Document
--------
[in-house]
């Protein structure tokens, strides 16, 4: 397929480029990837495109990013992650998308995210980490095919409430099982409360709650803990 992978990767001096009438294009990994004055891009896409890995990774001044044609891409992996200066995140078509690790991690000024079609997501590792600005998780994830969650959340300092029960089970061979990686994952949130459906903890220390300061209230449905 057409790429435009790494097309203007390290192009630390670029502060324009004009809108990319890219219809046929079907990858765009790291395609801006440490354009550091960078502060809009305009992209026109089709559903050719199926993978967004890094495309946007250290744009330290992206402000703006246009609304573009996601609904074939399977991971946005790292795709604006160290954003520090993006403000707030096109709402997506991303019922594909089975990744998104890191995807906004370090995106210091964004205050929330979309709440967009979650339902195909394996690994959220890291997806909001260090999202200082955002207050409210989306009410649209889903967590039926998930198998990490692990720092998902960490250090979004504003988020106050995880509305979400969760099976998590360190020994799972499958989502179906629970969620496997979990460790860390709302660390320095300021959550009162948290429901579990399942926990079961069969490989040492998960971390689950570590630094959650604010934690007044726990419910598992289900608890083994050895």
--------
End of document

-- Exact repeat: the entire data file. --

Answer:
[in-house]
């Protein structure tokens, strides 16, 4: 397929480029990837495109990013992650998308995210980490095919409430099982409360709650803990 992978990767001096009438294009990994004055891009896409890995990774001044044609891409992996200066995140078509690790991690000024079609997501590792600005998780994830969650959340300092029960089970061979990686994952949130459906903890220390300061209230449905 057409790429435009790494097309203007390290192009630390670029502060324009004009809108990319890219219809046929079907990858765009790291395609801006440490354009550091960078502060809009305009992209026109089709559903050719199926993978967004890094495309946007250290744009330290992206402000703006246009609304573009996601609904074939399977991971946005790292795709604006160290954003520090993006403000707030096109709402997506991303019922594909089975990744998104890191995807906004370090995106210091964004205050929330979309709440967009979650339902195909394996690994959220890291997806909001260090999202200082955002207050409210989306009410649209889903967590039926998930198998990490692990720092998902960490250090979004504003988020106050995880509305979400969760099976998590360190020994799972499958989502179906629970969620496997979990460790860390709302660390320095300021959550009162948290429901579990399942926990079961069969490989040492998960971390689950570590630094959650604010934690007044726990419910598992289900608890083994050895």